# What is Stress in Physics?-Definition, Types, And Analysis

Stress in Physics is defined as the **force **applied to the unit area to produce a change in the dimensions of a solid. The change may be lengthwise or volume-wise in a body or shape.

**What is Stress in physics?**

The internal forces that neighbor particles exert on each other are referred to as stress and the strain is the measure of the material’s **elasticity.** it is the **mechanical property of solids**. When a solid vertical bar is supporting an overhead weight, each particle in the bar pushes on the particles immediately below it.

When a liquid is in a closed container under pressure, each particle gets pushed against by all the surrounding particles. The container walls and surface push against each other in a reaction called a Newtonian reaction. The net result of a large number of intermolecular forces and the collisions between the particles in those molecules is the macroscopic forces. Stress is usually represented by the Greek letter sigma.

**Ïƒ=F/A**

**Unit of Stress**

The SI unit of stress is Nm^{-2}. It is also called Pascal (Pa).

Its dimension is [ML^{-1}T^{-2}].

**Types of Stress** **in Physics**

There are two main types of stress in physics

- Normal Stress
- Shearing Stress

**Normal Stress**

Normal stress is when the direction of the deforming force is in the opposite direction of the cross-sectional area of the body. The length of the wire and the volume of the body changes will not be affected by stress. Normal stress can be classified into two different types based on the dimensions of force.

- Longitudinal stress
- Volumetric stress

**Longitudinal stress**

Changes in the length of the body are caused by longitudinal stress. a slight change in diameter is affected by this stress.

**Longitudinal Stress = Deforming Force / Area of cross-section = F/A**

The Longitudinal Stress stretches the object or causes it to be compressed. It can be further classified into two different types based on the direction of the force.

- Tensile stress
- Compressive stress

**Tensile stress**

When stress changes the length of a body it is called tensile stress.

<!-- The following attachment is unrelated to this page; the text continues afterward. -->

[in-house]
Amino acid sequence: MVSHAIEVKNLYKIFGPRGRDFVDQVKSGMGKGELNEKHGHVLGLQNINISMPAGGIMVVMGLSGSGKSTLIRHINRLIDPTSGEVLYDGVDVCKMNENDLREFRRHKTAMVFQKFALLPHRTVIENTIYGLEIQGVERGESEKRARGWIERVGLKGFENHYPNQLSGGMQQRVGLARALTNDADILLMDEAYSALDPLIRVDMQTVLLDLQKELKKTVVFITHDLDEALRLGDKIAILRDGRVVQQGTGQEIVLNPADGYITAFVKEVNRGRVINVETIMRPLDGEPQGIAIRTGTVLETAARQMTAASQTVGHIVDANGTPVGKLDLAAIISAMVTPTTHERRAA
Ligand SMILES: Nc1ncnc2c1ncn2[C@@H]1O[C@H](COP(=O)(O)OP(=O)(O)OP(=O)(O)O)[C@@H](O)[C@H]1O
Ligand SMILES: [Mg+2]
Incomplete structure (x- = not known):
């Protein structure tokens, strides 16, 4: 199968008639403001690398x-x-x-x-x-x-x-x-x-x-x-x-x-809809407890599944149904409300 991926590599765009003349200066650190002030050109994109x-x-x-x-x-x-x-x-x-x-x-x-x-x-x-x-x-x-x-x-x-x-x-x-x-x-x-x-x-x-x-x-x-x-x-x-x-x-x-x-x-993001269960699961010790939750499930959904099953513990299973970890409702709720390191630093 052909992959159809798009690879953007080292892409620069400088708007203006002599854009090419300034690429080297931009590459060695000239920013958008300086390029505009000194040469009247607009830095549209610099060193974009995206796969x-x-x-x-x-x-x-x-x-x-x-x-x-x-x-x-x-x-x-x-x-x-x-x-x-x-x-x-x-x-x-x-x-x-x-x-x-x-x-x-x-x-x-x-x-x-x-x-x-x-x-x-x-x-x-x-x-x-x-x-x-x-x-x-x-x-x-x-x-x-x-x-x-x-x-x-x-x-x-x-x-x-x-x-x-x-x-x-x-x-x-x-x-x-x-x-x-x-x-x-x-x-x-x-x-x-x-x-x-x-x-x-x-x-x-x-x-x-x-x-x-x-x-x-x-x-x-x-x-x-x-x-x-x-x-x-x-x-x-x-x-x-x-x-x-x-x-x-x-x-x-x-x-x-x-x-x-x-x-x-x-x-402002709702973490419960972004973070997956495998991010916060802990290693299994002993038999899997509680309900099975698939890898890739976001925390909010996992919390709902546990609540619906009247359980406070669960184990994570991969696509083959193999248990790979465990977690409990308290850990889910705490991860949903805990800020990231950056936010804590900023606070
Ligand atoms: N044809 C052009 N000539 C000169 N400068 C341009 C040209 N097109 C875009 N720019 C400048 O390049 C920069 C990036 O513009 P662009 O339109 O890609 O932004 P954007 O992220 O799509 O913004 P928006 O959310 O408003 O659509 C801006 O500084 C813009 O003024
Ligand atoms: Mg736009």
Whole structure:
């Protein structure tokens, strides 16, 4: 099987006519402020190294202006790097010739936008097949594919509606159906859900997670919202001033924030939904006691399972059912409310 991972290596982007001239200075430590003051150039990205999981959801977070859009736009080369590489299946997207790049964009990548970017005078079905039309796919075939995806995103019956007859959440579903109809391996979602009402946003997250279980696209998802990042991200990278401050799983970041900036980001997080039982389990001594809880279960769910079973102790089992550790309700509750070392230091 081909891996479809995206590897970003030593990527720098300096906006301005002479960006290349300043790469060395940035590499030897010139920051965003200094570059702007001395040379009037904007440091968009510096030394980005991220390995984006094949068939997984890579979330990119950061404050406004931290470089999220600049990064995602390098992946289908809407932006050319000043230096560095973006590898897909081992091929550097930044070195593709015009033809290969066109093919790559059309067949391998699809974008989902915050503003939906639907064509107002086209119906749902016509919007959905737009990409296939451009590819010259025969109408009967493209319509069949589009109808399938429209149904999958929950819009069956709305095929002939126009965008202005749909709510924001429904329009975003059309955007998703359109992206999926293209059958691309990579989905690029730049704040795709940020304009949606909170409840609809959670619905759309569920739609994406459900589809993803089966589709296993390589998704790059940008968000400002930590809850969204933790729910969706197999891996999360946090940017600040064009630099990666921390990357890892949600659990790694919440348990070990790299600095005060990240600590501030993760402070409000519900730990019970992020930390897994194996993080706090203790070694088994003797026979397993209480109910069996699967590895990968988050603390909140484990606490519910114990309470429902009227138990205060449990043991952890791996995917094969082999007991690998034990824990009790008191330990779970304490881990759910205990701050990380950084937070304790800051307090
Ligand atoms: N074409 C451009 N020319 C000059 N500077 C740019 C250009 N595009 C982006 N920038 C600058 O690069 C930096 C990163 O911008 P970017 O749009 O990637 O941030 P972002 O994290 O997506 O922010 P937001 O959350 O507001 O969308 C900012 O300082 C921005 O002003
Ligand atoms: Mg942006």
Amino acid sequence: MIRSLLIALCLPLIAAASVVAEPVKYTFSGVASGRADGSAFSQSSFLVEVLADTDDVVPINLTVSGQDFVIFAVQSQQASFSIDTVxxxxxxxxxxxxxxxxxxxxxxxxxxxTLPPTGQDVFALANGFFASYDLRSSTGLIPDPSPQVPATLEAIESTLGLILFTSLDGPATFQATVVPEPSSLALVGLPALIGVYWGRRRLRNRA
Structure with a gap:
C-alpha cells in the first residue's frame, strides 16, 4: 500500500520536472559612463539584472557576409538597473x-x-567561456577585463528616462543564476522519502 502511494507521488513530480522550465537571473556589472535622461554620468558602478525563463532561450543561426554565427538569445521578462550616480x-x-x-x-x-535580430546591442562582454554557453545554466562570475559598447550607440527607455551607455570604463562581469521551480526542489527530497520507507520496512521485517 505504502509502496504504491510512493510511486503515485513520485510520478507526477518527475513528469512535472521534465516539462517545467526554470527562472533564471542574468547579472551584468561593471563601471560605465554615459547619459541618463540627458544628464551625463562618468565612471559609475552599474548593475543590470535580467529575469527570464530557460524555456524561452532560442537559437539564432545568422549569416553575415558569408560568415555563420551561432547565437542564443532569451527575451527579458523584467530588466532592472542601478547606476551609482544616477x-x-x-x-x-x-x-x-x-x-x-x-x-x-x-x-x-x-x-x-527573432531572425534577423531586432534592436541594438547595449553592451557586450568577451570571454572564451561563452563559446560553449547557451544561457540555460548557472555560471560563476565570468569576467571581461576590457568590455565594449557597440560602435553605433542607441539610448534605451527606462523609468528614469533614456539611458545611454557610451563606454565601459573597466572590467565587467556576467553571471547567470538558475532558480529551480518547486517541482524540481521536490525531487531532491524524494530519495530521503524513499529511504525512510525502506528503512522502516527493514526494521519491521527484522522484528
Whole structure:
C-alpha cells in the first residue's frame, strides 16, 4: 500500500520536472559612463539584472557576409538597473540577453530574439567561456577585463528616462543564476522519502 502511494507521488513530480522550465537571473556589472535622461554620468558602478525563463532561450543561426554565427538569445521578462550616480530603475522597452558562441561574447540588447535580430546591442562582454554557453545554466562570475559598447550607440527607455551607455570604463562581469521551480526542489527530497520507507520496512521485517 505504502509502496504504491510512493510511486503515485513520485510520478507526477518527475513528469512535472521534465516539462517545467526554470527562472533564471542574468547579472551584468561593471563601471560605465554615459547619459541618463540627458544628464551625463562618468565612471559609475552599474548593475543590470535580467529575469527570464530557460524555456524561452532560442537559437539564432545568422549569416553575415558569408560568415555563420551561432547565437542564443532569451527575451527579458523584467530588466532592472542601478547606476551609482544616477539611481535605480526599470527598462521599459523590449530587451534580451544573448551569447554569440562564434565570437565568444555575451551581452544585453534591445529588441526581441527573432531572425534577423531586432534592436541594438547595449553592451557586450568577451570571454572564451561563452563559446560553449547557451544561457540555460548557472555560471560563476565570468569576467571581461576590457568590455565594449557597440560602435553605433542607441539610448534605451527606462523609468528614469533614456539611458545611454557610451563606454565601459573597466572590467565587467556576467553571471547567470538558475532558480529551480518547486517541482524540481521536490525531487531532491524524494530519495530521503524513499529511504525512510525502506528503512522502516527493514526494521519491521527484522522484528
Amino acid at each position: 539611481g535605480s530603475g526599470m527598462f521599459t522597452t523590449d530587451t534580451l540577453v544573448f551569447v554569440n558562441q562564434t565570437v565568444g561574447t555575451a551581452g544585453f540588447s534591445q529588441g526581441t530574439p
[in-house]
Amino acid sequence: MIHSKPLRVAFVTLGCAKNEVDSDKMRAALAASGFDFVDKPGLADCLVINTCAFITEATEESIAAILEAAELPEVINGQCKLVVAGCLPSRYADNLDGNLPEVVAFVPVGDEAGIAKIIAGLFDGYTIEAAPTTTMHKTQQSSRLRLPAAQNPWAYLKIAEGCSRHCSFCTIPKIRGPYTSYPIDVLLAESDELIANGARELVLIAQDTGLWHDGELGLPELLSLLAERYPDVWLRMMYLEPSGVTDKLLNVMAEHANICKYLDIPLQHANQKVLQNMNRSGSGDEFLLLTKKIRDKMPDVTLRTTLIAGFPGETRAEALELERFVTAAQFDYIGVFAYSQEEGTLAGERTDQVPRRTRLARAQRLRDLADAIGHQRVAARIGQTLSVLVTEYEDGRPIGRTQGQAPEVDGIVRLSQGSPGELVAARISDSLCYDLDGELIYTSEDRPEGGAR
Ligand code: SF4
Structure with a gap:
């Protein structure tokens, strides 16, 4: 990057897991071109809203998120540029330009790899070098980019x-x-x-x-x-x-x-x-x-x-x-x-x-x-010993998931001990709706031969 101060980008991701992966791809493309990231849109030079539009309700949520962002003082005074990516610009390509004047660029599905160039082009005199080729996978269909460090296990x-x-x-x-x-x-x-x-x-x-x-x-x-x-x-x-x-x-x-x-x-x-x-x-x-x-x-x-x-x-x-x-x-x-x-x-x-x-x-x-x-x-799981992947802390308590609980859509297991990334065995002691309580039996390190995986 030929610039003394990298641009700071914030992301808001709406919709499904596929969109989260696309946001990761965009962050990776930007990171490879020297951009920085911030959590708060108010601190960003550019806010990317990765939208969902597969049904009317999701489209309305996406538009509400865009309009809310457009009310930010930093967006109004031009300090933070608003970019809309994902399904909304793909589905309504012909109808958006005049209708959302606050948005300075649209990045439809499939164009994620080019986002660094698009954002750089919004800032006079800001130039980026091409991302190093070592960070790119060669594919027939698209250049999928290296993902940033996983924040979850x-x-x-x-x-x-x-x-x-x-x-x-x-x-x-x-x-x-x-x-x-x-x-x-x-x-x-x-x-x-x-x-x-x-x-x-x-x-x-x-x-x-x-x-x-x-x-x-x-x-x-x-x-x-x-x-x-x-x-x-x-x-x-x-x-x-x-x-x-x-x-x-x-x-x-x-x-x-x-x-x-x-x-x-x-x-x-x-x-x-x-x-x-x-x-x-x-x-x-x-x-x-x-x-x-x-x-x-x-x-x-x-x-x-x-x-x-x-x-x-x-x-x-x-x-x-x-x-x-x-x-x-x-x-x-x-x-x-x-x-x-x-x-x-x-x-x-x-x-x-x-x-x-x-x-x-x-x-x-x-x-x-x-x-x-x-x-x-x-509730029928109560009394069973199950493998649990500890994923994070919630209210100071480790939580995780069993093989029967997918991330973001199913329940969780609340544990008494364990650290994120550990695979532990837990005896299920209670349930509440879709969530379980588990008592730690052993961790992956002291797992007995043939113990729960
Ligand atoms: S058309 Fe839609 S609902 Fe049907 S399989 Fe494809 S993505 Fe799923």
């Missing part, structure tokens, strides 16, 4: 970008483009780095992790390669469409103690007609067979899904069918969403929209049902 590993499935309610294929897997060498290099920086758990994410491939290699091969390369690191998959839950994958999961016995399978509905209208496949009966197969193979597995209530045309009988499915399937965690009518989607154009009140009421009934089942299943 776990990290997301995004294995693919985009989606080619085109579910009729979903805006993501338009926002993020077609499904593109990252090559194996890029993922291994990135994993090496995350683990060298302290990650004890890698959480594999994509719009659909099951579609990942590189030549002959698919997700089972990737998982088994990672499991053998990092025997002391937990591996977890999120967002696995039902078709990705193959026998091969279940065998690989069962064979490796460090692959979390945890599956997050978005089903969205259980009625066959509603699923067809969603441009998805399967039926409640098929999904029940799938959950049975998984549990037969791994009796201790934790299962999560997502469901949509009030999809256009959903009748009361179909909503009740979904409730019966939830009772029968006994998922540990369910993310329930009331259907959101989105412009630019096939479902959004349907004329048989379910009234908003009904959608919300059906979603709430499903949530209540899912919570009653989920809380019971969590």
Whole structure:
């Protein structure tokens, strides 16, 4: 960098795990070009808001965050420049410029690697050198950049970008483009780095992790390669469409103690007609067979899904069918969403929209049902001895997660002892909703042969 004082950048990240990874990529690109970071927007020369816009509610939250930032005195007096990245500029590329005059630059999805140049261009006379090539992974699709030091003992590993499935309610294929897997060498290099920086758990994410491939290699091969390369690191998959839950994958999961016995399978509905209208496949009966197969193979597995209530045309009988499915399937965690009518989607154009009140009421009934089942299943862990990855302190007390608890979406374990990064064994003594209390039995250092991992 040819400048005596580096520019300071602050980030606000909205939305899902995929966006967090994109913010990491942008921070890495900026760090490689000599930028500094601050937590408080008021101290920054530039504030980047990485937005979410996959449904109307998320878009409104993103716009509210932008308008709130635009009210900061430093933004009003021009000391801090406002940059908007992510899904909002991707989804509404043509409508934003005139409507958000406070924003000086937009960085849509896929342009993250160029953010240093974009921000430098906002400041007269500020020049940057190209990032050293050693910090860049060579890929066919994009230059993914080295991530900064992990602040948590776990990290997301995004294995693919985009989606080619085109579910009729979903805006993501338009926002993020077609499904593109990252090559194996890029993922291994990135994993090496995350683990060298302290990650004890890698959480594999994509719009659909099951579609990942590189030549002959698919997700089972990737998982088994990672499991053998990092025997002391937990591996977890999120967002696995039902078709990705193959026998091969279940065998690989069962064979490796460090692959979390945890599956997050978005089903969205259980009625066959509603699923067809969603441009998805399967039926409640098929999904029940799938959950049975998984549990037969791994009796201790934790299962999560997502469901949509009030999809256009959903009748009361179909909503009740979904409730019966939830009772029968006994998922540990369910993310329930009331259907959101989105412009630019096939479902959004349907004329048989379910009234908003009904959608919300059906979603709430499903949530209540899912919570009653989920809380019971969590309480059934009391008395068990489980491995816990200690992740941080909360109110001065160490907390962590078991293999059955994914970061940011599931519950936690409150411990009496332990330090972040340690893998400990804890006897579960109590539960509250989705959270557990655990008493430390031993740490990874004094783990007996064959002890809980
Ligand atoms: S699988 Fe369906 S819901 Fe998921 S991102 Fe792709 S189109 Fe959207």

**Compressive stress**

If the force that is applied results in a decrease in the object’s length, then the resulting stress is called compression stress. When a rod or wire is compressed/squeezed by pushing it with equal and opposite forces at both ends

**Volume Stress**

The change in the volume of the object is what causes volumetric stress or Bulk stress. Volume stress is the change in the volume of the body due to the force that is being put on it.

**Shearing Stress **

Shear stress or tangential stress is the stress experienced by the object when the direction of the external force is parallel to the cross-sectional area. Changes in the shape of the body are a result of this.

**Stress Analysis**

Stress analysis is a branch of applied physics that deals with the internal distribution of internal forces in solid objects. For the study and design of structures such as tunnels, dams, mechanical parts, and structural frames under prescribed or expected loads, it is an essential tool.

It is important in many other disciplines, for example, in geology, to study phenomena like plate tectonics, and in biology, to understand the anatomy of living beings. When the physical dimensions and the distribution of loads allow a structure to be treated as one- or two-dimensional, stress analysis can be simplified.

The stress field may be assumed to be uniform and uniaxial over each member in the analysis of trusses. The differential equations are reduced to a finite set of equations with lots of unknowns. One may be able to reduce the three-dimensional problem to a two-dimensional one by using simpler models like uniaxial tension/compression, simple shear, and so on.

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